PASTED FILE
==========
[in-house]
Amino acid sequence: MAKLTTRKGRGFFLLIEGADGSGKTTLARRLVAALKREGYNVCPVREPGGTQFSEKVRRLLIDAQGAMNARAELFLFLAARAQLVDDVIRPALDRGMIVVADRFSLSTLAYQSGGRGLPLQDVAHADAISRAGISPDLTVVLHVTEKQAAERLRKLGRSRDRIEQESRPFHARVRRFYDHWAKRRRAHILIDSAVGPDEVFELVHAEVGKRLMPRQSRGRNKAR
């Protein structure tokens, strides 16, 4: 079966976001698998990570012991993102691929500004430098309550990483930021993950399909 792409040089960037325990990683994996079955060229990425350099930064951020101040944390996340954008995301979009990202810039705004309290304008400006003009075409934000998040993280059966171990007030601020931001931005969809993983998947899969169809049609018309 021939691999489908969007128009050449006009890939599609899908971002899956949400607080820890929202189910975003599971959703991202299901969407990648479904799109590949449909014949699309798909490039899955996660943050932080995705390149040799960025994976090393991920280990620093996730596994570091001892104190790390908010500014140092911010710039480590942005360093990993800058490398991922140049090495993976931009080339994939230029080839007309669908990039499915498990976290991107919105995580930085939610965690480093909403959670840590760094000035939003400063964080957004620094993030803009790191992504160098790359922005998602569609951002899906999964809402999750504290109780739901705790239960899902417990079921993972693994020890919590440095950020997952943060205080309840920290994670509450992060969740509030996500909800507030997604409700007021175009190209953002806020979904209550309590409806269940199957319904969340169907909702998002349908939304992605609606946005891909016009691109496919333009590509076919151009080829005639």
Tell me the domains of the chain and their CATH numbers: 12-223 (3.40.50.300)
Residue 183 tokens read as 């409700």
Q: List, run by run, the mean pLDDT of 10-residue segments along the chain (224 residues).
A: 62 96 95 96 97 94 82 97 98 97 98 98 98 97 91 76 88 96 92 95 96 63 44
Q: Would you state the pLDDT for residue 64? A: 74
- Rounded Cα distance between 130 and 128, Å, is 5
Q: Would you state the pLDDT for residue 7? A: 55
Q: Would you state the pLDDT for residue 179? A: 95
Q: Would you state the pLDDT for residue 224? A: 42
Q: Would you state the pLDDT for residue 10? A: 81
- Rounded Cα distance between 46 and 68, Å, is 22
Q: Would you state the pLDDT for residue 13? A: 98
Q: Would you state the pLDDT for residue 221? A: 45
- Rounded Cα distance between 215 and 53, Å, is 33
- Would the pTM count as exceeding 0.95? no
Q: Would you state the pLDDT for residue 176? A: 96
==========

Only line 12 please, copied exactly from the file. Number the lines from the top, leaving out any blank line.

Q: Would you state the pLDDT for residue 224? A: 42